National Science Foundation Research Traineeship Program Understanding the Brain: Neurophotonics (NSF NRT UtB)
The Boston University NSF NRT UtB: Neurophotonics provides stipends and interdisciplinary mentoring and training to graduate students whose interdisciplinary research uses neurophotonics. Neurophotonics research includes the use of light and photo-activated materials to study, control and image neurons and neural circuits with cellular and sub-cellular resolution. Students admitted to graduate study in Biology, Engineering, Biomedical Sciences or the Graduate Program for Neuroscience are eligible to apply to the NSF-sponsored Boston University Neurophotonics Training Program. Eligible candidates will complete a research rotation in a NRT faculty member’s laboratory during their first year of graduate study and will identify a research project for their dissertation that integrates their primary science/engineering discipline with neurophotonics research. Fellowship support is for two years, and includes immersive experiences in research, communication, professional preparation and outreach, along with numerous training activities coordinated with other NRT neurophotonics Trainees. Tuition (4 credits per semester), fees and health insurance will be paid in addition to the stipend.
For more information go to: http://www.bu.edu/neurophotonics-nrt/
Training in Computational Neuroscience: Integrating Experiment, Theory and Technology
Boston University is one of five institutions in the country to receive NIH funding in support of Computational Neuroscience Training Fellowships for undergraduate and doctoral students with a strong background in mathematics, physical sciences and/or engineering. For more information about the NIH Blueprint for Neuroscience Research go to: http://neuroscienceblueprint.nih.gov/bp_nih-supported_training/comp_neuroscience.htm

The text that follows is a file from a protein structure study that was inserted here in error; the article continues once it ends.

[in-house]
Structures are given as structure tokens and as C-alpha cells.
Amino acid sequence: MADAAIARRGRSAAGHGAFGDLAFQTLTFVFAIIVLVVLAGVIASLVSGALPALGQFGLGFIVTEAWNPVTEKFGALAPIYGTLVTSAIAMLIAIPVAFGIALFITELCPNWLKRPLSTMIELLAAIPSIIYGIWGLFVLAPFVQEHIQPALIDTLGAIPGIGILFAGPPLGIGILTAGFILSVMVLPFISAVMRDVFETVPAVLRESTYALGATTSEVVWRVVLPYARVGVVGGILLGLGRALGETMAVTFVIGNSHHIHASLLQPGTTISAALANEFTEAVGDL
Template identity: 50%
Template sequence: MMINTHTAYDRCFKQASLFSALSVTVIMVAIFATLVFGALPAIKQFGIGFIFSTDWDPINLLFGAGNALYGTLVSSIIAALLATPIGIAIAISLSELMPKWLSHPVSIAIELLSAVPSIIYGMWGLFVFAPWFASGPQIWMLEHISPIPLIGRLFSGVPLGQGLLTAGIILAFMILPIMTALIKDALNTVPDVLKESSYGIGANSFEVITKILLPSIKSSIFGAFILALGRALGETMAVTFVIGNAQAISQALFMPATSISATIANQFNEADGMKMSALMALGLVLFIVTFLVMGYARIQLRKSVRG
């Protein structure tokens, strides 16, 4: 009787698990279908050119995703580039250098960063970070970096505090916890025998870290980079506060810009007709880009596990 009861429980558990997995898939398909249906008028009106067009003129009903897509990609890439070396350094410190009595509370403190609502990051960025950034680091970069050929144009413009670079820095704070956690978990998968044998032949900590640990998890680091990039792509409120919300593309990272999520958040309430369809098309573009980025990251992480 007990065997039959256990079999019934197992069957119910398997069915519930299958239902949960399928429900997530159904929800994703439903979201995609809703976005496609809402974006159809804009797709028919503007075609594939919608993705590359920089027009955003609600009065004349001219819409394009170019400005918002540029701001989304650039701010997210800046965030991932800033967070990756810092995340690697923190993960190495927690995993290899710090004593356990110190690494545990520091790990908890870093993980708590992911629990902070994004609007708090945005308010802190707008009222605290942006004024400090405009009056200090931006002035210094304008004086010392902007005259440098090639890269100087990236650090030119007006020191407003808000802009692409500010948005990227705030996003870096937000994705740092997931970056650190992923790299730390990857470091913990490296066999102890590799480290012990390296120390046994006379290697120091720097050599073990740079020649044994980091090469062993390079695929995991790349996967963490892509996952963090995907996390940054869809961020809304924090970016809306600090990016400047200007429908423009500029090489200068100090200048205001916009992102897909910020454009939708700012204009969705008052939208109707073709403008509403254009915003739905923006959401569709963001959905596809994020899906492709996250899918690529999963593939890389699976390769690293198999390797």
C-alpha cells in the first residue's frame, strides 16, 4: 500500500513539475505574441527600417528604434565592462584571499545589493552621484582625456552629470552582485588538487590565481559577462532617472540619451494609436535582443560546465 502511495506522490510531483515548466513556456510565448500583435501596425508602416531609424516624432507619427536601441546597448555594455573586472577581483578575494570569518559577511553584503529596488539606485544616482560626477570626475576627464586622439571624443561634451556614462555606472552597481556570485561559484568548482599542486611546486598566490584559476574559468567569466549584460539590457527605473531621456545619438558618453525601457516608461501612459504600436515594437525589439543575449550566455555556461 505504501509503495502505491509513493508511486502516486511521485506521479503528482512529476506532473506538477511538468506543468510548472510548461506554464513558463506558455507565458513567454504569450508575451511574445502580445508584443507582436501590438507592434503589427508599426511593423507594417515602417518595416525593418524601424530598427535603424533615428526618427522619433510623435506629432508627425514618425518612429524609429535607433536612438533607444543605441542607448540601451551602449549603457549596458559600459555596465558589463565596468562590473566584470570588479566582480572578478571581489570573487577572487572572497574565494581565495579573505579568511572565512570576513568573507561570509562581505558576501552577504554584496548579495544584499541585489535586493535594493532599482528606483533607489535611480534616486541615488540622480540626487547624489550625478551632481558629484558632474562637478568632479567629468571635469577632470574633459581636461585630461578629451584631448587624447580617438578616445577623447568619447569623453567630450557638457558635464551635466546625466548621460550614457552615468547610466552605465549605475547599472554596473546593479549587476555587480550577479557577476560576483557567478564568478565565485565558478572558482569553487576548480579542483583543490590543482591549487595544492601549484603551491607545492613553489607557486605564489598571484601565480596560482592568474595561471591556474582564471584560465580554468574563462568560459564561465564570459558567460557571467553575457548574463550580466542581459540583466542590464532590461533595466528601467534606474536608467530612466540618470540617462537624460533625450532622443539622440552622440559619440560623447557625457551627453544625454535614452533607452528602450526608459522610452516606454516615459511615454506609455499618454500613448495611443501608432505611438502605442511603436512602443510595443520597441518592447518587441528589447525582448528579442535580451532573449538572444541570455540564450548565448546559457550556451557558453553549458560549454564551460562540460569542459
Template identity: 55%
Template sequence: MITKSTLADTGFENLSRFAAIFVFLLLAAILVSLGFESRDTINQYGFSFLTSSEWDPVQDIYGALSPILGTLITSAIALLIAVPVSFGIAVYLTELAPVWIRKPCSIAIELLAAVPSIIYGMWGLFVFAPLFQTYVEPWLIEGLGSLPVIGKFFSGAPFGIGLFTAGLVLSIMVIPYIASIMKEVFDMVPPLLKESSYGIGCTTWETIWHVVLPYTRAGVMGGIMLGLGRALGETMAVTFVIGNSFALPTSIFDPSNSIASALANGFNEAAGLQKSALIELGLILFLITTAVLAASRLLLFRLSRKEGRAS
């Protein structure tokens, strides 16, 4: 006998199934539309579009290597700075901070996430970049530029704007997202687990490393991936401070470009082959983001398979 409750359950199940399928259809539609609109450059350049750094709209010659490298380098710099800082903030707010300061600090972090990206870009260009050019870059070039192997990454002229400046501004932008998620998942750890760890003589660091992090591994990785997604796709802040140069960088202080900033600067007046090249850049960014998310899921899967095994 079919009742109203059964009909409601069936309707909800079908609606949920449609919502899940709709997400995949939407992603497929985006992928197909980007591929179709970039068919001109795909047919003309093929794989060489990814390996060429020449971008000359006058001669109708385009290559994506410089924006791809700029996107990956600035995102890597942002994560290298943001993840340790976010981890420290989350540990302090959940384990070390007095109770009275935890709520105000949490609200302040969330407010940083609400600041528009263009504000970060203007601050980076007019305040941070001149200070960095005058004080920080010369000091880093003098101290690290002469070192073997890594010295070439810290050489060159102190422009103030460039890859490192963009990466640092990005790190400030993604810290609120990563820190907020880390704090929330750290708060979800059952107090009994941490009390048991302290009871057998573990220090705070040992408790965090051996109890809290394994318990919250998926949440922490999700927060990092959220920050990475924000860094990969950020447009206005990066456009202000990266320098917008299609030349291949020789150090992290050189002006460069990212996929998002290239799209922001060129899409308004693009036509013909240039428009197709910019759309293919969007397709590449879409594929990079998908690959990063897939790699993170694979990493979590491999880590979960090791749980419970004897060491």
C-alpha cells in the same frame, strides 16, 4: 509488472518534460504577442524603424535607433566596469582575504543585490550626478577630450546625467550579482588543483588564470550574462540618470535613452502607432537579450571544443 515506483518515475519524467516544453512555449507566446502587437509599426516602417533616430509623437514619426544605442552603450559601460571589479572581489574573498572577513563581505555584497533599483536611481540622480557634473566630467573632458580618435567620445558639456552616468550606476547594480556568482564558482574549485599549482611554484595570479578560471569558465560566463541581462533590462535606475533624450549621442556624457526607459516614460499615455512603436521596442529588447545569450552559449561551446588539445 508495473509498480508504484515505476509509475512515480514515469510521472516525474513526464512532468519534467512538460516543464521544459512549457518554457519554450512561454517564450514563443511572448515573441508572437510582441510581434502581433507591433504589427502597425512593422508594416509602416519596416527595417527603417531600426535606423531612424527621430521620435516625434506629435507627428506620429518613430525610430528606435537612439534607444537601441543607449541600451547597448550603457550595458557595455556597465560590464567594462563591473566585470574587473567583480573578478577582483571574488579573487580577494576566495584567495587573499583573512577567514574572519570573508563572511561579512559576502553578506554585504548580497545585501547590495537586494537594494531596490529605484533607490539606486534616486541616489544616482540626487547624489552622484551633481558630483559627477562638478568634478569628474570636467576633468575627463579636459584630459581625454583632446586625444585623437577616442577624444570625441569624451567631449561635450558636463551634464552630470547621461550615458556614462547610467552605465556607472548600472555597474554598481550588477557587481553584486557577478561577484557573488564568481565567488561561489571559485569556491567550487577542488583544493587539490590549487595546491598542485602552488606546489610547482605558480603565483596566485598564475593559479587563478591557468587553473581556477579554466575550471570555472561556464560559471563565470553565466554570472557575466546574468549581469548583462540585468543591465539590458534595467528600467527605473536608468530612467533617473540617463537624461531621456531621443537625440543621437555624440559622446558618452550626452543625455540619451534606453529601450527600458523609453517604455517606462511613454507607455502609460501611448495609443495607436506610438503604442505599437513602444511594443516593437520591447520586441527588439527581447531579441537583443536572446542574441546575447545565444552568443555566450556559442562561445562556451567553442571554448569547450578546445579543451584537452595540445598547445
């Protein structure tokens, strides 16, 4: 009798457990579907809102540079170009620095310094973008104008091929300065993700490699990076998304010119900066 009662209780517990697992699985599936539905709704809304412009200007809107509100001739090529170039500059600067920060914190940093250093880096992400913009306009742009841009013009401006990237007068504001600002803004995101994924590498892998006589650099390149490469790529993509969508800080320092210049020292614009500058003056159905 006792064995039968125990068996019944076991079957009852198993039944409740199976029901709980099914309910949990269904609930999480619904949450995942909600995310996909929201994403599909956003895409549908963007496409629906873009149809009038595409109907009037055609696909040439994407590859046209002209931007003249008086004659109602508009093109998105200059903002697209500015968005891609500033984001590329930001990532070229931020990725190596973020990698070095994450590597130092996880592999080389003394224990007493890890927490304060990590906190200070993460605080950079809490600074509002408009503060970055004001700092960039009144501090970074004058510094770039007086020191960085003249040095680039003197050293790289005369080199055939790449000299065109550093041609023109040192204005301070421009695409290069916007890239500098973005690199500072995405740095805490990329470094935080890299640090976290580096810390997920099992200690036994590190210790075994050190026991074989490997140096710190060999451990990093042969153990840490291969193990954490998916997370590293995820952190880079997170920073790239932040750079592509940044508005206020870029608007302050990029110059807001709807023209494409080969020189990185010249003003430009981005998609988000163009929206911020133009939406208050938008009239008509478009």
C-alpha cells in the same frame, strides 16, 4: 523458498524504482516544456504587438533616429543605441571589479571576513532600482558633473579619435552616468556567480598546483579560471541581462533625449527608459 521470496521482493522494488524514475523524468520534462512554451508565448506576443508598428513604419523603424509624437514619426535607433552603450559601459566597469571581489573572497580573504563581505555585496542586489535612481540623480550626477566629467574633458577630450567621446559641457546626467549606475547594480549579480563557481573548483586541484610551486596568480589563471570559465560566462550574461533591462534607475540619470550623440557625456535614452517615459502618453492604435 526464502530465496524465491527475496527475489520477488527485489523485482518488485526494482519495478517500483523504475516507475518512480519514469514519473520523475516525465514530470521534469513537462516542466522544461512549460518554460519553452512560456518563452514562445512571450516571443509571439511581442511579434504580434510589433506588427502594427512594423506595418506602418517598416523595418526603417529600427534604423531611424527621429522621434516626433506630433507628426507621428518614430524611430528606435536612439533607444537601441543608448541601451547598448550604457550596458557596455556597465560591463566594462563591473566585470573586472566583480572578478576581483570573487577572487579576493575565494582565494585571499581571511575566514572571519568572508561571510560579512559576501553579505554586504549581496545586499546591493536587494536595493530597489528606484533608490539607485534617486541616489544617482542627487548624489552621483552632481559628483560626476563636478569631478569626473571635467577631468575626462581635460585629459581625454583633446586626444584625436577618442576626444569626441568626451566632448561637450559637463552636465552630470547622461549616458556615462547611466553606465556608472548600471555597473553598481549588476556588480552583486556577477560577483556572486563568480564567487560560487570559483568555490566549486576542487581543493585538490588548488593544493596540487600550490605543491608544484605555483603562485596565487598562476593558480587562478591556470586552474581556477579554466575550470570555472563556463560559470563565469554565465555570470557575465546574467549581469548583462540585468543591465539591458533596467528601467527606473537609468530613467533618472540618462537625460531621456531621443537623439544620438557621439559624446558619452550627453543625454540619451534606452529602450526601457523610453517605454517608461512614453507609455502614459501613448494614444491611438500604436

Students who are awarded fellowships will be trained in both computational and experimental approaches to studying the brain and will learn how to “translate” their research ideas from the laboratory to the clinic. The program integrates fundamental knowledge, interdisciplinary thinking, and translational skills to solve challenges in the neurosciences, as well as promote a strong community of faculty and students with similar interests. Ultimately we’re seeking to produce a new generation of neuroscientists who will combine experimental and theoretical techniques to increase our understanding of the brain, to transition their discoveries from the lab bench to the clinic and to invent new technologies to restore lost brain function.
For more information go to: http://www.bu.edu/neuro/graduate/computational-neuroscience/tcn/
Training Program in Inflammatory Disorders
The Boston University Training Program in Inflammatory Disorders (BU-TPID) is composed of 37 primary basic and clinical research faculty including adjunct faculty from the School of Medicine, School of Public Health, School of Dental Medicine and the College of Engineering who share an interest in mechanisms of inflammation. Recent recruitment efforts have resulted in the formation of a critical mass of established investigators who study a broad range of inflammatory disorders.
The Mission of the BU-TPID is to 1) to foster a robust training and mentoring environment for junior faculty, graduate students, postdoctoral fellows, medical students and medical fellows in inflammation and inflammatory disorders; 2) to create a supportive and interactive atmosphere in which colleagues with a common interest in inflammatory disorders can interact and collaborate; and 3) to recruit additional outstanding faculty to study inflammatory processes and develop therapies.
Please contact Prof Selim Unlu, email@example.com, if you are interested in this training program.
BU-BWH Imaging Fellowship
The BU-BWH partnership brings together world-class expertise and equipment from Boston University entities such as the BU Photonics Center and the BU Center for Nanoscience & Nanobiotechnology, and from the BWH Department of Radiology, home to the National Institutes of Health’s National Center for Image-Guided Therapy and the Advanced Multimodality Image Guided Operating Suite (AMIGO). Joint research between the two campuses could result in less invasive, more accurate medical imaging and image-guided interventions. All projects involve at least one principal investigator from each of the partnering institutions, who jointly advise a doctoral student on a project that could positively impact clinical practice. Participating ENG faculty include Professors Joyce Wong (BME, MSE), Paul Barbone (ME, MSE), Venkatesh Saligrama (ECE, SE), Tyrone Porter (BME, ME), Darren Roblyer (BME) and Yannis Paschalidis (ECE, SE).